Justin Turner, Halima DeCree and Damitira Scott

9101 Camino Media, Bakersfield, CA • 661-859-5553 • www.wtrentals.com

www.BakersfieldLife.com

153


CASA Superhero Run Date: April 1 Held at: The Park at River Walk Photos by: Carla Rivas

Garrett Welch, Ethan Millan and Brooks Welch

Nikki Leon, Tarah Steinbach, Greg Newton, Lizbeth Machado, Aaron Tadle and Lynn Donohue

Taylor and Bri Ochoa, Susan Alvidrez, Addison and Paige Ochoa and Serenity Alvidrez

Justin and Eric Thompson, Craig Popejoy and Spur

Brandon Barnes, Daniel Young, Chris Coleman, Phil Forbes, Vard Terry, Chris Arrington, Ross Garber, Joel Alvarado and Adam Rodriguez

Jeff Warren, Kate Holland and Cookie

Thank You

Thanks for the nomination,

Bakersfield! We’ve loved serving you for the past 45 years. 2017

Reyna Harvey, Aaron Perlman and Kristen Powers

for allowing us to help you with all of your insurance needs! A Full-Service Insurance Agency: • Auto • Home • Life • Renters • Business

• Motorcycle • Recreational • Financial Services • And More!

Thanks Again! 9500 Brimhall Rd. (661) 588-7004 caesarsitaliandeli.com 154 Bakersfield Life Magazine

May 2017

Allison Kitchen,

facebook.com/akitchenfarmersagent

Agency Owner 661-864-7277 1800 Oak Street #C Bakersfield, CA 93301


2017

Tim and Gray Vignolo

Sally and Landon Madrid

Kelly Hale and Lena Franzen

William Grant and R2-D2 www.BakersfieldLife.com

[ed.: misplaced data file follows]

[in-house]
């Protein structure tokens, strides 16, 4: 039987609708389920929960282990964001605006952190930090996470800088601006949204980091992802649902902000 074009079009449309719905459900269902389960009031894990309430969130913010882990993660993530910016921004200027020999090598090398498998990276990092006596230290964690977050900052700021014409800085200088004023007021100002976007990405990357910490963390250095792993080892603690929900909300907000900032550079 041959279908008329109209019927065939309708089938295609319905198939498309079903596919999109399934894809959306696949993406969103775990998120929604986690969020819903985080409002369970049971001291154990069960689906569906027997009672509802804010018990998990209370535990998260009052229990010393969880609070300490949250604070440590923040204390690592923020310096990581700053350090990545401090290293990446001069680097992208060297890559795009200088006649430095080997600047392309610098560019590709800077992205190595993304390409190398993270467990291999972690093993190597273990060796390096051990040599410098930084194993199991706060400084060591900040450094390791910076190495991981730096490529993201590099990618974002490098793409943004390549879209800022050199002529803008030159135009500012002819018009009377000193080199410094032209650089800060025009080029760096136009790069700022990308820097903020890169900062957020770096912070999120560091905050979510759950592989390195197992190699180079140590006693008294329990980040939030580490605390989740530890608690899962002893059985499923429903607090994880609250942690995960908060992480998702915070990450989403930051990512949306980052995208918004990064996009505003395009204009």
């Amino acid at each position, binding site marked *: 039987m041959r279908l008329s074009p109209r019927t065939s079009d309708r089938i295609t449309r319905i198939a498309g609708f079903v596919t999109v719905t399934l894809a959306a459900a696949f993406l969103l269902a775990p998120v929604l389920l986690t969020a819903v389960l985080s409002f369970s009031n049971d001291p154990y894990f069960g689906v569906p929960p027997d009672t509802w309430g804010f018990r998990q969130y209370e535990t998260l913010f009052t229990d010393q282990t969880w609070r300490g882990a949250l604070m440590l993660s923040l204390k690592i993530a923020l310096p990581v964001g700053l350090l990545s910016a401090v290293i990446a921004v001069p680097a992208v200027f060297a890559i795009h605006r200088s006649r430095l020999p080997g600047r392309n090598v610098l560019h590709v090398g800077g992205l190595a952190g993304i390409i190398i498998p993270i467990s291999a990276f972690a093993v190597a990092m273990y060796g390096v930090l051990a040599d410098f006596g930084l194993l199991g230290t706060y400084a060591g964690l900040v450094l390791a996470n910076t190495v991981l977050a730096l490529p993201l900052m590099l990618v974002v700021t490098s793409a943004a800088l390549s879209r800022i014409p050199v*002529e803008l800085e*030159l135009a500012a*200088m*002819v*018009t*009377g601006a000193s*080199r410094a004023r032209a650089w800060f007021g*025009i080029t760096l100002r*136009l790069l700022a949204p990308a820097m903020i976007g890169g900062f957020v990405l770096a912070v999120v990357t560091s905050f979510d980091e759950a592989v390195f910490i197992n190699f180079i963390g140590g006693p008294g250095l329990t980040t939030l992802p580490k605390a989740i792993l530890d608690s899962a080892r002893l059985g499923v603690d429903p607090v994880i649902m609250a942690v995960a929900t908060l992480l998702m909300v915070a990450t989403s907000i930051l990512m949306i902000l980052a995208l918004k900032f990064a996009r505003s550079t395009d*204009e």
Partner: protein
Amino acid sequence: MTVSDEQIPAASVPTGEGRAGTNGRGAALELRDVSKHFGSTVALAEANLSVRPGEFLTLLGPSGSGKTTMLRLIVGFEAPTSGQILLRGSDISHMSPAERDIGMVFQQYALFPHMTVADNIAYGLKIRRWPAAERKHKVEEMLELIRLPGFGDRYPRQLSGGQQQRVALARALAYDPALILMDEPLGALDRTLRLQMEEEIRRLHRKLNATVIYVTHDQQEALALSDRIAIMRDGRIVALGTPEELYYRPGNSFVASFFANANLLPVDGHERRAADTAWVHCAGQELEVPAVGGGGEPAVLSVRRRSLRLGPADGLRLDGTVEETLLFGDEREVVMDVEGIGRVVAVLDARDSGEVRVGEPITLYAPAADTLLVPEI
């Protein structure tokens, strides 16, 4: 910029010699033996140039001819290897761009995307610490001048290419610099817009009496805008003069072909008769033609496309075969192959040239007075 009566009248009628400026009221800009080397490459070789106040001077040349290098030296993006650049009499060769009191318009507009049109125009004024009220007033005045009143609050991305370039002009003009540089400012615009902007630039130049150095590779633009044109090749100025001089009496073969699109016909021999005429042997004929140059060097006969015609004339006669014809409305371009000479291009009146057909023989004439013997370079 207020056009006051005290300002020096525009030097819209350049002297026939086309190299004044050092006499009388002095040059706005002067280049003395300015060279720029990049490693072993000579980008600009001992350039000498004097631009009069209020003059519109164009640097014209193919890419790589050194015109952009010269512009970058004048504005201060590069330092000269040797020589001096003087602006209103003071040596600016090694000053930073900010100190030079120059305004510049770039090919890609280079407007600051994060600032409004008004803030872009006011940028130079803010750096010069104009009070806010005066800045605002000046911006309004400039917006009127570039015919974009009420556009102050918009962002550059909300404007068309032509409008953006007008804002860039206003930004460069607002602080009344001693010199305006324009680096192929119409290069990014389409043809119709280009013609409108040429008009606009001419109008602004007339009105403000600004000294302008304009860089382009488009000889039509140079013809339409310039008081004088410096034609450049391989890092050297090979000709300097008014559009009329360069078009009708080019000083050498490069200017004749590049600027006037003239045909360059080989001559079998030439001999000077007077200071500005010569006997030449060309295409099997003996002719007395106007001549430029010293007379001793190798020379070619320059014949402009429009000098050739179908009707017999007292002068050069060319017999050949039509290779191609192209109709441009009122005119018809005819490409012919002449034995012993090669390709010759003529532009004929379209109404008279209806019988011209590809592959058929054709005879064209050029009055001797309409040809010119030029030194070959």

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First Friday Arts Council Plein Air Display Date: April 7 Held at: Metro Galleries Photos by: Carla Rivas

David Gordon and Brenda Quiring

Andrea Fuerte and Cristal Madrigal

Carey Scarborough, Corrine Coats and Chris Chamberlain

2017

Hannah and John Vidaurreta

Lauri and Riley Heffernan

Jimmy and Robin Herrera

Brenda Hunter and Dave Ogden

Thank you Kern County! Marcy Parmley Insurance Agency

“THANK YOU” Downtown Location 1901 20th Street Bakersfield, CA 93301 156

Bakersfield Life Magazine

Northwest Location 9500 Brimhall Road Bakersfield, CA 93312 May 2017

2017

3612 Coffee Rd., Ste. B1 Bakersfield, CA 93308 License #: 0d67443 Office: (661) 587-4554


Quality Healthcare at 18 Kern County Locations Buttonwillow 277 E. Front St.

Brimhall 1014 Calloway Dr.

Brimhall #2 1022 Calloway Dr.

Delano 1001 Main St.

Delano Dental 1215 Jefferson St.

Lost Hills 21138 Paso Robles Hwy.

Ming Ave. 4131 Ming Ave.

North Chester 210 N. Chester Ave.

Oildale 525 Roberts Ln.

Panama Lane 4600 Panama Ln.

Ridgecrest 1111 N. Chelsea St.